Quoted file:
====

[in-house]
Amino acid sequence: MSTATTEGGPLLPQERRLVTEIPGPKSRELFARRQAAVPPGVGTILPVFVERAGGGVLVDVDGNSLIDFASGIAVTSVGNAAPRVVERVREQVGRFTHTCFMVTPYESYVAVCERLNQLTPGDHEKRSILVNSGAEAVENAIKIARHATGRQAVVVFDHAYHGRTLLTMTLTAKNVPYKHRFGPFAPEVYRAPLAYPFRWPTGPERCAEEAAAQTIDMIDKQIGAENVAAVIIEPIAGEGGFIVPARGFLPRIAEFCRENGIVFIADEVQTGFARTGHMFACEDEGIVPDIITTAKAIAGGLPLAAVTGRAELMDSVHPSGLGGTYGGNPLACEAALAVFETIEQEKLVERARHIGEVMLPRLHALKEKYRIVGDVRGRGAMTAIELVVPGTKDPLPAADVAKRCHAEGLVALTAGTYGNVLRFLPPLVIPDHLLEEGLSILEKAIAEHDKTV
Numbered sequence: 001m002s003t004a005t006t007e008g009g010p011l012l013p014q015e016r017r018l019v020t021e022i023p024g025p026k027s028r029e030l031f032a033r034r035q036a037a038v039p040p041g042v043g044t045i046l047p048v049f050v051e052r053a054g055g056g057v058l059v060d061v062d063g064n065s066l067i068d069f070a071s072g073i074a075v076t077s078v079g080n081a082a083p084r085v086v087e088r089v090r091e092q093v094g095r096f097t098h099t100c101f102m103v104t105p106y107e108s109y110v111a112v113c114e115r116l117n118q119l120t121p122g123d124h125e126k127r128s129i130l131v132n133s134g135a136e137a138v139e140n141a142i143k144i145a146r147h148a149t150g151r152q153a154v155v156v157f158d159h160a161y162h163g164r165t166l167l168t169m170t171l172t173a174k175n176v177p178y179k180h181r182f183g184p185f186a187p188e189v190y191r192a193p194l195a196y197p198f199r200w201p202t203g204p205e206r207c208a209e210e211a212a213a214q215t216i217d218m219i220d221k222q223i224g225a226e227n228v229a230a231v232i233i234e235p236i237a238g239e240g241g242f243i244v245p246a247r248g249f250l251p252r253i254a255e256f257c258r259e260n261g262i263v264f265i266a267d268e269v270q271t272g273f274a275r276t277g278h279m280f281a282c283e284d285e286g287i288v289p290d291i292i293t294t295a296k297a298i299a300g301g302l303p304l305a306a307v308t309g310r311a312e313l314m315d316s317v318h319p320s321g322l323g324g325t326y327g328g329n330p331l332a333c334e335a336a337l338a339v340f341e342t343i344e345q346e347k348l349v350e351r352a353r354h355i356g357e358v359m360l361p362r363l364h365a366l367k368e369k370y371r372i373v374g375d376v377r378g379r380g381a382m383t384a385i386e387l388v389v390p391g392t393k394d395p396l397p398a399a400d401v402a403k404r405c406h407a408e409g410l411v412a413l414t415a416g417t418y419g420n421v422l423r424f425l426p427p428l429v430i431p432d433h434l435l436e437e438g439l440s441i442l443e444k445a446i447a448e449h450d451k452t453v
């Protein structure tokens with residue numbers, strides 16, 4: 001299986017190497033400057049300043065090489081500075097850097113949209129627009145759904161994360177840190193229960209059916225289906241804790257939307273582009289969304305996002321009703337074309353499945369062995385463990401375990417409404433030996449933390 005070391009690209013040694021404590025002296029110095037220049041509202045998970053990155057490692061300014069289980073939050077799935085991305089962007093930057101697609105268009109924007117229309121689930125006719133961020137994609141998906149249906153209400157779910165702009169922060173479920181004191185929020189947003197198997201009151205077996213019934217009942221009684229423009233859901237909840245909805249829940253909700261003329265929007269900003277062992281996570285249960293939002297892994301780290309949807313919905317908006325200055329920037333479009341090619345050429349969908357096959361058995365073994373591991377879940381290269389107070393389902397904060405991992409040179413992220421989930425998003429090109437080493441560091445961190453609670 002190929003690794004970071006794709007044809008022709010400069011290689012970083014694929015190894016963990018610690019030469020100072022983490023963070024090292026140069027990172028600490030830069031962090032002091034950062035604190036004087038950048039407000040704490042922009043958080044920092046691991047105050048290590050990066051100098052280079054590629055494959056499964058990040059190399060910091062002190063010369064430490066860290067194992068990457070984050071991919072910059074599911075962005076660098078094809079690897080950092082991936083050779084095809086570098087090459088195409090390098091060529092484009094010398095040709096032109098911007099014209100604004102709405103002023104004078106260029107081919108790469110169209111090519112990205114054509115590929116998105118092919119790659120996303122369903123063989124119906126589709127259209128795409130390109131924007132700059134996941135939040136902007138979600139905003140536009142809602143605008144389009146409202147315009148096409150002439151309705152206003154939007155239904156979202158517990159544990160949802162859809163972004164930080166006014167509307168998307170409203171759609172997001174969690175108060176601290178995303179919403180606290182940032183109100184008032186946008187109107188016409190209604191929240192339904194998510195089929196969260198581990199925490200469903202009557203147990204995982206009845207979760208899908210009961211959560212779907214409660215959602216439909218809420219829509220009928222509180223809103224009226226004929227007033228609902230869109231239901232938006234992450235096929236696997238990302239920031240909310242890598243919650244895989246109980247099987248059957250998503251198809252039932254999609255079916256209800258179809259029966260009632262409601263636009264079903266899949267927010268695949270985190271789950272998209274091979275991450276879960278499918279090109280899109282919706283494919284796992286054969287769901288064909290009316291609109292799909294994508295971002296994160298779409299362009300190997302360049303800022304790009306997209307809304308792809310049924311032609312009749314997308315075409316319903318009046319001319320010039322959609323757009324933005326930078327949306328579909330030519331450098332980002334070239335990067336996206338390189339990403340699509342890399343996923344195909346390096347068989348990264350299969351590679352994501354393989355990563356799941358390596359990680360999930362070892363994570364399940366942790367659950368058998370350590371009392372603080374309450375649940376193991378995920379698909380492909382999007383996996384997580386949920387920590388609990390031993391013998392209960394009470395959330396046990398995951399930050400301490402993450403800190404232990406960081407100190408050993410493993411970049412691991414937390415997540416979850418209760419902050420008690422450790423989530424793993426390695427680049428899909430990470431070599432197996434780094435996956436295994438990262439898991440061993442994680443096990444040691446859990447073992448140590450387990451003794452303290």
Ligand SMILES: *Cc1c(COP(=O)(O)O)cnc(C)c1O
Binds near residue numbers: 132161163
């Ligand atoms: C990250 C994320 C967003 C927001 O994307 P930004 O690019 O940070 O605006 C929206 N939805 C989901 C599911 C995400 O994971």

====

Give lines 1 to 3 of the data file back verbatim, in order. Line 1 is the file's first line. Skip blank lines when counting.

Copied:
[in-house]
Amino acid sequence: MSTATTEGGPLLPQERRLVTEIPGPKSRELFARRQAAVPPGVGTILPVFVERAGGGVLVDVDGNSLIDFASGIAVTSVGNAAPRVVERVREQVGRFTHTCFMVTPYESYVAVCERLNQLTPGDHEKRSILVNSGAEAVENAIKIARHATGRQAVVVFDHAYHGRTLLTMTLTAKNVPYKHRFGPFAPEVYRAPLAYPFRWPTGPERCAEEAAAQTIDMIDKQIGAENVAAVIIEPIAGEGGFIVPARGFLPRIAEFCRENGIVFIADEVQTGFARTGHMFACEDEGIVPDIITTAKAIAGGLPLAAVTGRAELMDSVHPSGLGGTYGGNPLACEAALAVFETIEQEKLVERARHIGEVMLPRLHALKEKYRIVGDVRGRGAMTAIELVVPGTKDPLPAADVAKRCHAEGLVALTAGTYGNVLRFLPPLVIPDHLLEEGLSILEKAIAEHDKTV
Numbered sequence: 001m002s003t004a005t006t007e008g009g010p011l012l013p014q015e016r017r018l019v020t021e022i023p024g025p026k027s028r029e030l031f032a033r034r035q036a037a038v039p040p041g042v043g044t045i046l047p048v049f050v051e052r053a054g055g056g057v058l059v060d061v062d063g064n065s066l067i068d069f070a071s072g073i074a075v076t077s078v079g080n081a082a083p084r085v086v087e088r089v090r091e092q093v094g095r096f097t098h099t100c101f102m103v104t105p106y107e108s109y110v111a112v113c114e115r116l117n118q119l120t121p122g123d124h125e126k127r128s129i130l131v132n133s134g135a136e137a138v139e140n141a142i143k144i145a146r147h148a149t150g151r152q153a154v155v156v157f158d159h160a161y162h163g164r165t166l167l168t169m170t171l172t173a174k175n176v177p178y179k180h181r182f183g184p185f186a187p188e189v190y191r192a193p194l195a196y197p198f199r200w201p202t203g204p205e206r207c208a209e210e211a212a213a214q215t216i217d218m219i220d221k222q223i224g225a226e227n228v229a230a231v232i233i234e235p236i237a238g239e240g241g242f243i244v245p246a247r248g249f250l251p252r253i254a255e256f257c258r259e260n261g262i263v264f265i266a267d268e269v270q271t272g273f274a275r276t277g278h279m280f281a282c283e284d285e286g287i288v289p290d291i292i293t294t295a296k297a298i299a300g301g302l303p304l305a306a307v308t309g310r311a312e313l314m315d316s317v318h319p320s321g322l323g324g325t326y327g328g329n330p331l332a333c334e335a336a337l338a339v340f341e342t343i344e345q346e347k348l349v350e351r352a353r354h355i356g357e358v359m360l361p362r363l364h365a366l367k368e369k370y371r372i373v374g375d376v377r378g379r380g381a382m383t384a385i386e387l388v389v390p391g392t393k394d395p396l397p398a399a400d401v402a403k404r405c406h407a408e409g410l411v412a413l414t415a416g417t418y419g420n421v422l423r424f425l426p427p428l429v430i431p432d433h434l435l436e437e438g439l440s441i442l443e444k445a446i447a448e449h450d451k452t453v